“We are being unfairly excluded from online shopping malls” said Sue, a 26-year-old native-English teacher who has been in Korea for two years. Andrew, a 35-year-old from Columbus, Nebraska, who has lived in Korea for ten years but can’t read or speak Korean, complained that the lack of English on Korean Internet shopping sites was simply “un-American”. “I usually have to get a Korean friend to help me out”, he complained.
Kim, a 32-year-old business woman who sells jewelry through Auction.co.kr, says she occasionally has foreigners contacting her asking to describe some of the products she sells in English, but her English isn’t good and she worries about making a mistake. She says the margins in her business are very tight and she doesn’t have the money to pay a translator, especially when the products she sells regularly change.
Meanwhile, emboldened by the newly introduced anti-discrimination law, which for the first time seeks to establish limited legal rights for non-Koreans, some foreigners who have lived here several years are threatening to bring test cases against Korean retailers, who – “through the barrier of language seek to exclude English-speaking foreigners from their legal right to participate in online shopping in Korea.”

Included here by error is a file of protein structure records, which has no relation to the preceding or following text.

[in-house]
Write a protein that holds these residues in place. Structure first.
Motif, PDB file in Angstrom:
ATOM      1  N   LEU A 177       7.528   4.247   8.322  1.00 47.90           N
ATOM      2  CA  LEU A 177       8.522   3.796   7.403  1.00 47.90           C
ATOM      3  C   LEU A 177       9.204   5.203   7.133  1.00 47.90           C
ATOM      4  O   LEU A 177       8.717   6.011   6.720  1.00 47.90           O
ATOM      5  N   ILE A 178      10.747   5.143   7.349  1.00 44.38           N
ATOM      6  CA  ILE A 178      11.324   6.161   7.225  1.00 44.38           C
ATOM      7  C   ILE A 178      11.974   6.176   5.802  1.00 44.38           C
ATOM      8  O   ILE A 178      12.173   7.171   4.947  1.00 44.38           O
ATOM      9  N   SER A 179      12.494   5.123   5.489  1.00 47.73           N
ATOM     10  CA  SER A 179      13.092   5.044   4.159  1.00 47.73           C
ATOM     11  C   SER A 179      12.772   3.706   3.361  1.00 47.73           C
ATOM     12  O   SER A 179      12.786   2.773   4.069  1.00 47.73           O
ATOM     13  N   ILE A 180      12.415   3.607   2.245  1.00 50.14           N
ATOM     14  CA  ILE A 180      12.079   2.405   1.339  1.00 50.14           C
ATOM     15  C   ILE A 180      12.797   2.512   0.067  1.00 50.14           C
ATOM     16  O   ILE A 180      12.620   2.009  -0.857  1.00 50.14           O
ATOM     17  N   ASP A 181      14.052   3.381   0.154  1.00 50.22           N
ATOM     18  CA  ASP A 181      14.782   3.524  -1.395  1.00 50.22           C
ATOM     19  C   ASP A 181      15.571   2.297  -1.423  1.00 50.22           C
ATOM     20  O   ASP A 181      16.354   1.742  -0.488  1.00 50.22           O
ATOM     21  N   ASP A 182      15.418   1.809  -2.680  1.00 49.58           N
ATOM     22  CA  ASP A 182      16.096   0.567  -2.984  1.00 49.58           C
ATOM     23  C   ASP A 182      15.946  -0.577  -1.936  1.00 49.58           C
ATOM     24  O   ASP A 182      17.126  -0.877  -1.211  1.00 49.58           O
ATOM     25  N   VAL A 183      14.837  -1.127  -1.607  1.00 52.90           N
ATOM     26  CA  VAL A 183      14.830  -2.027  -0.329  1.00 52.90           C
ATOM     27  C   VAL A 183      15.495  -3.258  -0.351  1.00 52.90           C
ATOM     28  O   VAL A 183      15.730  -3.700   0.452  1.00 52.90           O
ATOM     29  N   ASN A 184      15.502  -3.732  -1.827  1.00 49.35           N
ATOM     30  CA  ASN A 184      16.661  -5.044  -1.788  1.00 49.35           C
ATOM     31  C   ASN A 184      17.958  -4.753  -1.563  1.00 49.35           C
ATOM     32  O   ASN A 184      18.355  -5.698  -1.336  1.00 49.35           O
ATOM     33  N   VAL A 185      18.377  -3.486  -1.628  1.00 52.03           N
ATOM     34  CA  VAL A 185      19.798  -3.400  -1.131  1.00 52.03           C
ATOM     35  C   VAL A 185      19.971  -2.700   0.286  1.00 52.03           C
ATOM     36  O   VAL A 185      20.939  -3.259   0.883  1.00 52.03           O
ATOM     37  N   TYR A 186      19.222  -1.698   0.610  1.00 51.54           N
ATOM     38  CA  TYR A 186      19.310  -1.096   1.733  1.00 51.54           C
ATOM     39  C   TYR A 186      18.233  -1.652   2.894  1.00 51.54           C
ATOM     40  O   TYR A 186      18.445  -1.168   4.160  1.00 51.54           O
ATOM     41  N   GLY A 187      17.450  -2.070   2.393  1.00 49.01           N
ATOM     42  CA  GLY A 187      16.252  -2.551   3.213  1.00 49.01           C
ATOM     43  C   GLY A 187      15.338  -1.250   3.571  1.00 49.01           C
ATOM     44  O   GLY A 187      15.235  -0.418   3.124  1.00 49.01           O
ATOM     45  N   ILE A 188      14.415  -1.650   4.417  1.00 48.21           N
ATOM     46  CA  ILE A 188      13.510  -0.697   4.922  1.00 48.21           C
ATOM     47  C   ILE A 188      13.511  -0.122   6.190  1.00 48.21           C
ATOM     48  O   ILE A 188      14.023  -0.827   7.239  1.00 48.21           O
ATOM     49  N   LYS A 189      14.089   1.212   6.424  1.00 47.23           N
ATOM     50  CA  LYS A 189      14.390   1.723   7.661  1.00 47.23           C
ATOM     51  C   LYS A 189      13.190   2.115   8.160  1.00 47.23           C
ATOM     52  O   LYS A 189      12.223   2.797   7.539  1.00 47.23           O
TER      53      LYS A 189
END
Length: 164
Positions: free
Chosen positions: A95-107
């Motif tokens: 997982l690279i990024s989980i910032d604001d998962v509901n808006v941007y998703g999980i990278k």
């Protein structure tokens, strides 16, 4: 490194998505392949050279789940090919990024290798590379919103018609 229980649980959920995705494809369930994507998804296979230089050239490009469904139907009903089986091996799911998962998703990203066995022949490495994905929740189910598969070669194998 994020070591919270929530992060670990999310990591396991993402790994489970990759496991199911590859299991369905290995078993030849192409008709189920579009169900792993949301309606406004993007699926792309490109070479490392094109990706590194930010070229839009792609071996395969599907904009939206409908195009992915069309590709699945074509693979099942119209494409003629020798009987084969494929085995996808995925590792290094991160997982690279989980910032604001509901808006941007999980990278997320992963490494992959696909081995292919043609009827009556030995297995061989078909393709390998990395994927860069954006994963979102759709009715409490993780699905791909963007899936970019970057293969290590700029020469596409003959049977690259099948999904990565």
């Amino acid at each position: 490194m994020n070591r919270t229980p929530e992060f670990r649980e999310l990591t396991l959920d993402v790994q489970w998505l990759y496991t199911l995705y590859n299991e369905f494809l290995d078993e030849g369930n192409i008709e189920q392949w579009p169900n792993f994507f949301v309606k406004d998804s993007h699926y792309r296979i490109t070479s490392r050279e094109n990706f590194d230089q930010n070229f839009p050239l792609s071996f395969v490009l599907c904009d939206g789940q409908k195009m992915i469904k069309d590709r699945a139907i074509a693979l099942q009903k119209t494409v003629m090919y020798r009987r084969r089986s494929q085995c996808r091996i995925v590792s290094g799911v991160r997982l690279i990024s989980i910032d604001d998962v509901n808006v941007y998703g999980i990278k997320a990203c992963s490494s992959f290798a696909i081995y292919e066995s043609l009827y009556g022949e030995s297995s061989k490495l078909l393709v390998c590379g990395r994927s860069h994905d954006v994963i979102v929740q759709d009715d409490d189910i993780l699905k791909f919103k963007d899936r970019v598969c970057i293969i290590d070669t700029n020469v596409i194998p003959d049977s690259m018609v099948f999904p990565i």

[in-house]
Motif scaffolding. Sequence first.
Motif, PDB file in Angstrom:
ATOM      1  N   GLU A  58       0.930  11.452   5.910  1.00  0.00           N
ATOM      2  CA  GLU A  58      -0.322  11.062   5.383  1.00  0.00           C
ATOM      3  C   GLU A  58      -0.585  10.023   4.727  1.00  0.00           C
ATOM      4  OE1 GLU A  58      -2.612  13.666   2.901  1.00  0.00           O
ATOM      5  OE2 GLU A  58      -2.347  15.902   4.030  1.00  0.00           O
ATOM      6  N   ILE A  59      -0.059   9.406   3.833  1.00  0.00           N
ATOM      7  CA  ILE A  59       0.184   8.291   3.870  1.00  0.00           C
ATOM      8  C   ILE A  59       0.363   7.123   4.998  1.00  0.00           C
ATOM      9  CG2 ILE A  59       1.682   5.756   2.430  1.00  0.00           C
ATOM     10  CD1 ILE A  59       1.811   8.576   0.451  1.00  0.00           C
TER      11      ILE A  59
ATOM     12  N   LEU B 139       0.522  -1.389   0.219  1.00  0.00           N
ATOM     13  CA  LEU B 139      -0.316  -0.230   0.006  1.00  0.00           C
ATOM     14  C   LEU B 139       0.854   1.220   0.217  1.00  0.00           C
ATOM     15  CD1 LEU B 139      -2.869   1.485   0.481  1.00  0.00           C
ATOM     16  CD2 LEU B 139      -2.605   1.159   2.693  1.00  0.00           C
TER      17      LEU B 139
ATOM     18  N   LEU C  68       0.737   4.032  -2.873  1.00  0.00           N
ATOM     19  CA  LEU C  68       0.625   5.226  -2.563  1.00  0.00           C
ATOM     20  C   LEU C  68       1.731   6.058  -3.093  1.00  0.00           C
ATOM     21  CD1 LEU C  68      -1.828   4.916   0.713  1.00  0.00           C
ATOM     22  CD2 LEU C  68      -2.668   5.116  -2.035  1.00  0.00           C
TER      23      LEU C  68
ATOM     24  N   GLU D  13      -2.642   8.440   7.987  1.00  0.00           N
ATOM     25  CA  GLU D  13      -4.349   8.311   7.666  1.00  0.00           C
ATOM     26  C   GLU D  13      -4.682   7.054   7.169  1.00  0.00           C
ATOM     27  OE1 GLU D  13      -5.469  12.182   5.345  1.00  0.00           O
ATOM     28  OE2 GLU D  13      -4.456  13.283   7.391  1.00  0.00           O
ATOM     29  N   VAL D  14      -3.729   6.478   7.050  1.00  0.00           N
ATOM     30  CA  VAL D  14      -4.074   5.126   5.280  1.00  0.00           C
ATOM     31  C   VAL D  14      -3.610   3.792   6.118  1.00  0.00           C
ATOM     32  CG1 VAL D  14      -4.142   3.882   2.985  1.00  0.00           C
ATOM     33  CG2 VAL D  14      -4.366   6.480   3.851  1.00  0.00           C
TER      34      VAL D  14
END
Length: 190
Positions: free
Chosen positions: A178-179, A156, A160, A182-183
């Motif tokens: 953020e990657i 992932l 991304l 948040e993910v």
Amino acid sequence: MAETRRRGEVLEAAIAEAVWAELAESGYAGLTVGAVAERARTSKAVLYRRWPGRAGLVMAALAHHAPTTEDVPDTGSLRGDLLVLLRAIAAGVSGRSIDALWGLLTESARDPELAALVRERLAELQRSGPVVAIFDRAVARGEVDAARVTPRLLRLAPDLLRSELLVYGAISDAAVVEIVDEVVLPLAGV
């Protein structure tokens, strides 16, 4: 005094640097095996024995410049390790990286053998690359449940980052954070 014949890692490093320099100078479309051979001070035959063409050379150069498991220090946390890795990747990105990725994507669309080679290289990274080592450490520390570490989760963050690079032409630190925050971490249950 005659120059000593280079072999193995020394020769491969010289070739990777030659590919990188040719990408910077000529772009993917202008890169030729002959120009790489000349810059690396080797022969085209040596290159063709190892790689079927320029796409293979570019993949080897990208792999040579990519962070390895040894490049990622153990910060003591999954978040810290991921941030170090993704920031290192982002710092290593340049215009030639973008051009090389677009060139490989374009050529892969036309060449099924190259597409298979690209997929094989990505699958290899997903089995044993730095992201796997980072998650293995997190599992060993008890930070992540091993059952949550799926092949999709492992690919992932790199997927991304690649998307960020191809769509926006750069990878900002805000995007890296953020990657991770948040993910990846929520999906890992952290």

Professor Kim, a 58-year-old expert on human rights laws from Seoul International University, says it may be an interesting test case: “Do English speakers living in Korea have to learn Korean to buy from Korean businesses, or do Korean businesses operating in Korea have to learn English because English speakers are trying to buy from them?” Kim thinks that if a test case is successful, it may mean that in future when an English-speaking foreigner asks a Korean for directions in the street, the Korean will be legally obliged to provide the correct answer in English.
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